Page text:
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perhaps not with much of the insight of sympathy. On one occasion (so Mr. Trelawny informs me) he went so far as to say, “If people only appreciated Shelley, where should I be ?” Some of his own works, such as Manfred and the fourth canto of Childe Harold, are understood to owe something to the influence and suggestions of Shelley : others were shown to the latter day by day as written. A few of Byron's remarks upon his friend may here be not inappropriately cited. “You are all mistaken about Shelley. You don't know how mild, how tolerant, how good, he was in society, and as perfect a gentleman as ever crossed a drawing-room, when he liked and where liked.”.

“He is, to my knowledge, the least selfish and the mildest of men—a man who has made more sacrifices of his fortune and feelings for others than any I ever heard of.” “You should have known Shelley to feel how much I must regret him. He was the most gentle, the most amiable and least worldly-minded person I ever met; full of delicacy, disinterested beyond all other men, and possessing a degree of genius joined to simplicity as rare as it is admirable. He had formed to himself a beau idéal of all that is fine, high-minded, and noble, and he acted up to this ideal even to the very letter. He had a most brilliant imagination, but a total want of worldly wisdom. I have seen nothing like him, and never shall again, I am certain.” Another statement made by Byron, very characteristic of himself, and placing Shelley in a light somewhat different from that in which one is wont to contemplate him, is that he was the only thoroughly companionable man under thirty years of age whom Byron knew. The following also deserves to be borne in mind; though we must assuredly not interpret it so as to infer that there was the slightest taint of insincerity in Shelley's professions of extreme opinions or of personal friendship : Medwin understands it as referring more especially to Leigh Hunt's translations from Homer. Byron is writing to Murray on the 25th October 1822, and Hunt is the main topic. Shelley! how he would have laughed had he lived ! and how we used to laugh now and then at various things which are grave in the suburbs !” But perhaps the strongest of all evidences of the unique regard in which Lord Byron held Shelley, when we consider his lordship’s habit of running down all his acquaintances from time to time, is that which I learn from Mr.

Alas, poor

* So in Moore's Life of Byron, vol. č. p. 622 ; not "where he liked," as I have mostly seen in quotations. 2 Medwin's Life, vol. ii. p. 36.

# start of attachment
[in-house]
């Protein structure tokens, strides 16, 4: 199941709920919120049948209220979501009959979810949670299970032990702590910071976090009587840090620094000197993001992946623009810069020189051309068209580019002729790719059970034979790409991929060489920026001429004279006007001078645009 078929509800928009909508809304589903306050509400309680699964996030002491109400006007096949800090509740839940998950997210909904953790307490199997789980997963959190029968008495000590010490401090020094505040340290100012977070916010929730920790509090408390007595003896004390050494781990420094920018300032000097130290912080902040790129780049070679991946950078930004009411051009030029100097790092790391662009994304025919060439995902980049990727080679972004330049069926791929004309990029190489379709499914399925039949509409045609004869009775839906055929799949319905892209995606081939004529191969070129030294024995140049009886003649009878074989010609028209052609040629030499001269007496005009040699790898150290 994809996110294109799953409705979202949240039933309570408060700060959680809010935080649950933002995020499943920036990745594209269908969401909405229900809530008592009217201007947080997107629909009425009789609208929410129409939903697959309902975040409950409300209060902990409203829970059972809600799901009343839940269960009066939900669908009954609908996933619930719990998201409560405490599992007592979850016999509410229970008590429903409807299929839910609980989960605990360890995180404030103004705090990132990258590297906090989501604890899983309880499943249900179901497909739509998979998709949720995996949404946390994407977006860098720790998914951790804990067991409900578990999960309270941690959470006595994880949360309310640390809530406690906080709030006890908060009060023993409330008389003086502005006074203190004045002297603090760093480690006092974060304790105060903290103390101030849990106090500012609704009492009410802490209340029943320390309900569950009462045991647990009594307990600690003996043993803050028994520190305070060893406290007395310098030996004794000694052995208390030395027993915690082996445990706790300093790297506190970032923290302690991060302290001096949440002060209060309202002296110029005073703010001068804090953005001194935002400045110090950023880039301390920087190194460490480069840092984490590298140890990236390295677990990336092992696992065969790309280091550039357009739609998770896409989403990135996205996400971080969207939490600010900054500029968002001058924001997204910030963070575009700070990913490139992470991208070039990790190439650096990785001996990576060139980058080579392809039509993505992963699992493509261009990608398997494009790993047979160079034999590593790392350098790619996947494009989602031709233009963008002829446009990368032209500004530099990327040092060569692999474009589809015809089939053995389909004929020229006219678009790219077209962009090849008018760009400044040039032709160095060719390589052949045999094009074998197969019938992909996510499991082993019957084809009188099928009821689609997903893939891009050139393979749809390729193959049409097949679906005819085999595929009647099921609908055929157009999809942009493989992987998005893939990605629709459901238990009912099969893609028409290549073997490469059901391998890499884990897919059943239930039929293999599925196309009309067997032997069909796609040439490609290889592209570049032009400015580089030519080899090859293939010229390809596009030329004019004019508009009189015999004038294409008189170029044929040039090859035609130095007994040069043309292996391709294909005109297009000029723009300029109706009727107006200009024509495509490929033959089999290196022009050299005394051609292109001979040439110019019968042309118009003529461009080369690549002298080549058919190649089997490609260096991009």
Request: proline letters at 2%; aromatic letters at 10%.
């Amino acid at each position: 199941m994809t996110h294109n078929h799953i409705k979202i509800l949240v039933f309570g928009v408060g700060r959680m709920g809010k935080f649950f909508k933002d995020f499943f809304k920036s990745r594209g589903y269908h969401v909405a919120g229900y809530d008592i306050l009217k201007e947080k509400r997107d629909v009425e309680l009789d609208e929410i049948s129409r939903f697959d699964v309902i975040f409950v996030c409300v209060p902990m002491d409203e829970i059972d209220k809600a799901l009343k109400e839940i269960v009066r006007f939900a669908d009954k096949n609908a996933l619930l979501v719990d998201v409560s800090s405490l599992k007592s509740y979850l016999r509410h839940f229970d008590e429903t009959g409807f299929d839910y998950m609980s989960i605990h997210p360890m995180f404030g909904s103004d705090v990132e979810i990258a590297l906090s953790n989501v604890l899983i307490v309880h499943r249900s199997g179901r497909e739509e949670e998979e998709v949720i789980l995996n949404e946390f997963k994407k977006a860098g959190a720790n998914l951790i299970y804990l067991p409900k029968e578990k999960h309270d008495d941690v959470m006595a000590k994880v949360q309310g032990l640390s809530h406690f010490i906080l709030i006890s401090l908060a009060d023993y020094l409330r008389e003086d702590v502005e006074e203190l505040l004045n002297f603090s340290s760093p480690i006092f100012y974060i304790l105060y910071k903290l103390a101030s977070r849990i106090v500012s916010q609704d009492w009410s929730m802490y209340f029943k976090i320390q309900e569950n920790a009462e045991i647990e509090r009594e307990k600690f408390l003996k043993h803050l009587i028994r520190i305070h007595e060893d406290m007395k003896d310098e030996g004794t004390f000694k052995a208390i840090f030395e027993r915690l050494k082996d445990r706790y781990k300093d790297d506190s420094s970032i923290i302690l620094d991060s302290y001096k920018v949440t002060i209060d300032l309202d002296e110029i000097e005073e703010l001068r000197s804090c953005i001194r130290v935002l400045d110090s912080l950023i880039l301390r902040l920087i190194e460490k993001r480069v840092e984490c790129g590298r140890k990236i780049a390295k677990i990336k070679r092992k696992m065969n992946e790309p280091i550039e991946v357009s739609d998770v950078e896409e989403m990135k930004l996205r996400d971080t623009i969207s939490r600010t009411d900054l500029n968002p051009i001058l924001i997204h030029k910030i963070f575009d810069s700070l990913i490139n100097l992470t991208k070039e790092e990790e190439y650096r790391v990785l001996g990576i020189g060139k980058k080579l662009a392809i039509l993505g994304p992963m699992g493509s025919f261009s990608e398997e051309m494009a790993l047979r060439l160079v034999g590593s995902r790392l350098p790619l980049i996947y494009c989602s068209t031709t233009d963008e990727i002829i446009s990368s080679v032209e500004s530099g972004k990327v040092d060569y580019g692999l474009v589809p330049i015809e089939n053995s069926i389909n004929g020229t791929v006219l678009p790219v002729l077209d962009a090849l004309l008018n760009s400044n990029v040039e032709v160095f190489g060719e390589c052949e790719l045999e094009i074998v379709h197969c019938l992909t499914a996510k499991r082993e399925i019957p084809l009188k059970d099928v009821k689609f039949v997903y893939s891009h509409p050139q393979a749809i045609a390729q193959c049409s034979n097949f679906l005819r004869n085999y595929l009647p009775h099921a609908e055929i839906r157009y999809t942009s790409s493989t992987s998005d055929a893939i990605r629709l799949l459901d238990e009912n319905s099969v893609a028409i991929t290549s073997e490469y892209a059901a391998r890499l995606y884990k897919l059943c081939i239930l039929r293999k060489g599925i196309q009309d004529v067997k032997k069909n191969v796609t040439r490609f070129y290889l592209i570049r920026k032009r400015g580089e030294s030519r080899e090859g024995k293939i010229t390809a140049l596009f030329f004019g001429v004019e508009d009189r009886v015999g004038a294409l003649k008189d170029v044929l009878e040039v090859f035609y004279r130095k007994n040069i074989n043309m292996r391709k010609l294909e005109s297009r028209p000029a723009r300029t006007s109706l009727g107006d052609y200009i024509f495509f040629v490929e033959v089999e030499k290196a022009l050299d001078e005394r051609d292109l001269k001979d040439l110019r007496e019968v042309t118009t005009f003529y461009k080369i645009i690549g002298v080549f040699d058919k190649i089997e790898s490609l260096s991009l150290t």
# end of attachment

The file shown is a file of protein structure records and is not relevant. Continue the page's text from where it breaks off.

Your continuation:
Trelawny—that no word of detraction of Shelley ever issued from Byron's lips, within Trelawny's experience or belief. The assertion above quoted that Shelley had “a total want of worldly wisdom” must be understood with some qualification, as implying rather a contempt of self-seeking than any real inaptitude for the ordinary business of life. Byron himself clearly did not undervalue Shelley in this respect, having (besides other proof to the contrary) entrusted to him, along with Mr. Kinnaird, the negotiations for the publishing of the third canto of Childe Harold, the Prisoner of Chillon, and Manfred; while Leigh Hunt states that Shelley had more capacity than hiniself for business (which is not indeed saying much), and Medwin speaks of him as very sagacious and rational in practical affairs, especially in the interest of his friends. Mr. Thornton Hunt also regards Shelley as having had very great ability to grapple with such affairs, though his own appreciation of his powers in that line was inadequate ; and Mr. Trelawny tells me that Shelley could do what few Englishmen can-hold his own perfectly well in personal bargaining with Italian tradesmen. In fact, while he would sacrifice anything for a principle, would fly in the face of all sorts of opinions and conventions, and would incur any amount of personal inconvenience to do a generous act, there is nothing, in Shelley's career as a grown man, to show that he was ill-fitted to cope with the world on its own terms. Not honesty alone, but highmindedness as well, is in one sense the best policy. There were no caprices, no pettinesses, no backslidings, to lower him in the eyes of such people as were capable of rightly estimating him. It is the tone of a hero, not a braggart, that we hear in those memorable words of his to Trelawny—“ I always go on until I am stopped, and I never am stopped.”